Watch the 'Charlie and the Chocolate Factory' trailer
The factory gates will soon be opening for Sam Mendes’s production of Roald Dahl’s riotous morality tale set in a fantastical sweet empire. News that Douglas Hodge, the Tony- and Olivier-winning star of 'La Cage Aux Folles', will play candy cane-twirling sweetie impresario Willy Wonka bodes well for a central performance full of eccentricity and complexity.
Finally moving from the rumour mill to reality (even if it is a reality in which pillows are made from marshmallows and lollipops grow on trees), ‘Charlie and the Chocolate Factory’ will feature new songs by composer-lyricist Marc Shaiman and lyricist Scott Wittman, with a book by Scottish playwright David Greig. He’ll be looking to repeat the success of ‘Matilda’s adaptor Dennis Kelly while putting his own stamp on Dahl’s joyfully grotesque world.
'Charlie and the Chocolate Factory' cast and production team
Sam Mendes - Director
The Academy Award-winning director is returning to the West End to bring Roald Dahl's fantastical world to life. After a long-standing career in London's Theatre world, we're guaranteed a hit.
Marc Shaiman (music and lyrics) and Scott Wittman (lyrics) - Score
This seasoned lyricist and composer-lyricist team are the brains behind the brand new score for 'Charlie and the Chocolate Factory'. They'll be helping to re-introduce us to Dahl's colourful characters, and we're sure to receive something special from the creators of 'Hairspray', the Broadway musical 'Catch Me if You Can' and TV hit 'Smash'.
David Greig - Writer
With his plays having been commissioned by some of the best theatres and companies in the world, including the Royal Court, the National Theatre and the Royal Shakespeare Company, Greig is the perfect voice to bring Roald Dahl's classic story right up to date.
Douglas Hodge - Willy Wonka
After winning both a Tony and Olivier Award for 'La Cage aux Folles', Douglas Hodge is set to bring the quintessentially eccentric Willy Wonka to life. With more stage credits than you've had hot dinners, Hodge is making us very excited about the cast announcement.
Find out more about the making of 'Charlie and the Chocolate Factory' in these video interviews with the production team.
How to get to the Theatre Royal Drury Lane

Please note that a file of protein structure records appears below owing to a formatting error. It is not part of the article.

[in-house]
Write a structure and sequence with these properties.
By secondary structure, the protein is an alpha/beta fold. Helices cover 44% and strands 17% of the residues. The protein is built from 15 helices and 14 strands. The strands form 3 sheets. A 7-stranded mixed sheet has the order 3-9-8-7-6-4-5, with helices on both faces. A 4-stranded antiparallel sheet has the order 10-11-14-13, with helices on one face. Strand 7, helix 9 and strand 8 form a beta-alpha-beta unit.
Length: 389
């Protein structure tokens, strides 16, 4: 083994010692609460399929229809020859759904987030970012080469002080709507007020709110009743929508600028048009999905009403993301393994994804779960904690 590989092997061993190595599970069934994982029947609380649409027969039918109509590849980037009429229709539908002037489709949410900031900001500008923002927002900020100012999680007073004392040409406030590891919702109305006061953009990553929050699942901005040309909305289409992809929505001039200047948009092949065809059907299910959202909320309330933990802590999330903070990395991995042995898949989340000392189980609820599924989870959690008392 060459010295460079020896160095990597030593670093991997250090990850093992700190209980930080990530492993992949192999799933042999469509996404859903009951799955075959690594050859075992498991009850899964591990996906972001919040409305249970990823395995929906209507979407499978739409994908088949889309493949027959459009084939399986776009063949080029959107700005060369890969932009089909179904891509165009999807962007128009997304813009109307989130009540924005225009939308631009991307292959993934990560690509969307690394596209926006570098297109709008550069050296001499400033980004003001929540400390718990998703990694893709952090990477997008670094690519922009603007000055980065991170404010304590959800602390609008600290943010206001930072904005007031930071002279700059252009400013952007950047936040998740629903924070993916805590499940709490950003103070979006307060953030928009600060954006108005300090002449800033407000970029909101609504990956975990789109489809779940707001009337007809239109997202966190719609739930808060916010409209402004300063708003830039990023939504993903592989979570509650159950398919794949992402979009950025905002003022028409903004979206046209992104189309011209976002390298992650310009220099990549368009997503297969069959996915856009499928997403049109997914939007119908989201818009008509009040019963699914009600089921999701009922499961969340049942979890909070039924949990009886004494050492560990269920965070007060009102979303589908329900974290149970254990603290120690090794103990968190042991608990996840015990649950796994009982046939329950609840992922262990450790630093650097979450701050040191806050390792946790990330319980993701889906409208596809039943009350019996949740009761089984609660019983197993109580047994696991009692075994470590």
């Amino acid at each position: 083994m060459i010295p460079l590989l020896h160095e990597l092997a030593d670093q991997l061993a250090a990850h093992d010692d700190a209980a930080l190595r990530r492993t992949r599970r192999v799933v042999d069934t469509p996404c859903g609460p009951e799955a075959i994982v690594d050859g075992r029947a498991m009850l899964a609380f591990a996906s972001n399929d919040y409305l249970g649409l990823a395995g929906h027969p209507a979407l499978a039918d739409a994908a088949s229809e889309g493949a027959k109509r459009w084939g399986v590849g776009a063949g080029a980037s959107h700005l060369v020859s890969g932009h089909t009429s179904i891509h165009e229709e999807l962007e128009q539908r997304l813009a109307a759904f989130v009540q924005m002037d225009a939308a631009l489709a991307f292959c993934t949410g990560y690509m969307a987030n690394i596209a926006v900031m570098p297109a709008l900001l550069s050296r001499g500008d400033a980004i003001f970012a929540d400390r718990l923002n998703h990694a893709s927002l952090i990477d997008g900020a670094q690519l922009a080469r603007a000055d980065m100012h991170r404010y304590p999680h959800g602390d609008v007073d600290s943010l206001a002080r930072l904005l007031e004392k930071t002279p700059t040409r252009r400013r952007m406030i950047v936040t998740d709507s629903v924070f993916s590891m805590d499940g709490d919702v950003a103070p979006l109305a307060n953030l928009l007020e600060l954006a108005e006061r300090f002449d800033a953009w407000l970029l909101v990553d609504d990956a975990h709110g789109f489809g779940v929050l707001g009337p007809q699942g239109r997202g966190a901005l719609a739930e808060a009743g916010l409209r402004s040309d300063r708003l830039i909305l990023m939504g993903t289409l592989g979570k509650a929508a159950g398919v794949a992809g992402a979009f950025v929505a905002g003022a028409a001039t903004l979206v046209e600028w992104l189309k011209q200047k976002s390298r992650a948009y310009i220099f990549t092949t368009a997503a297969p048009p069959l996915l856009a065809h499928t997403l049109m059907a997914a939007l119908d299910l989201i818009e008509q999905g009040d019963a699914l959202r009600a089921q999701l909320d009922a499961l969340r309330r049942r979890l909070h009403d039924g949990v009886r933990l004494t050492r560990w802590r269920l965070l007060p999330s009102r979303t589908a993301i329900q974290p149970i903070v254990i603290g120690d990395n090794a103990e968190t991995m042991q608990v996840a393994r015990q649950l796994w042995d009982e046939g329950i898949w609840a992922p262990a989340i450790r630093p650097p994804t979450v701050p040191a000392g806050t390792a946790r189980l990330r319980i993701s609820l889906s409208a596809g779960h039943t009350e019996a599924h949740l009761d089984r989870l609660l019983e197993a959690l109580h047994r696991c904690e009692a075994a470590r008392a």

To reach the Theatre Royal Drury Lane, take the Piccadilly Line to Covent Garden tube station. Head south east towards Covent Garden Market, walk east around the court, turning left on to Russell Street and then right on to Charlotte Street. The theatre is on your left.
The show's director, Sam Mendes, talks us through the adaptation of the classic tale, and puppet and illusion designer Jamie Harrison talks Oompa-Loompas.
Designing the sets
Set and costume designer Mark Thompson explains how a show's set goes from imagination to reality, via lots of little models.
Writing the musical
Playwright David Greig and songwriters Scott Whitman and Marc Shaiman explain how they turned Roald Dahl's enchanting words into a script and score.
Putting the show together
The writers explain how they overcame busy schedules to get all the elements together to form the new show.
Find more family musicals in London
'My mummy says I'm a miracle,' lisps a pampered mini-me at a purgatorial kiddies' birthday party at the outset of this delicious, treacly-dark family show. The obnoxious ma and pa of its titular, gifted, pint-sized heroine are not, of course, quite so doting. But 'Matilda' must be making its creators, playwright Dennis Kelly and comedian-songsmith Tim Minchin, a very pair of proud parents. Opening to rave reviews in Stratford-upon Avon before transferring to the West End in 2011 and snatching up Olivier Awards with all the alacrity of a sticky-fingered child in a sweetshop, Matthew Warchus's RSC production remains a treat. With hindsight, Kelly and Minchin's musical, born of the 1988 novel by that master of the splendidly grotesque Roald Dahl, is a little too long and, dramatically, a tad wayward. But like curly-haired little girl in the famous nursery rhyme, when it is good, it is very, very good. And it's even better when it's horrid. The past few months have seen some cast changes, including, alas, the departure of Bertie Carvel's tremendous Miss Trunchbull, headmistress of the dread Crunchem Hall School, former Olympic hammer-thrower and a gorgon of monumental nastiness, complete with scarily Thatcher-esque tics of purse-lipped gentility and faux concern. David Leonard doesn't quite match the squirm-inducing, hair-raising detail of Carvel in the role, but his more butch, granite-faced version is fantastically horrible nonetheless. And if Paul Kaye as Matilda's loathsome f
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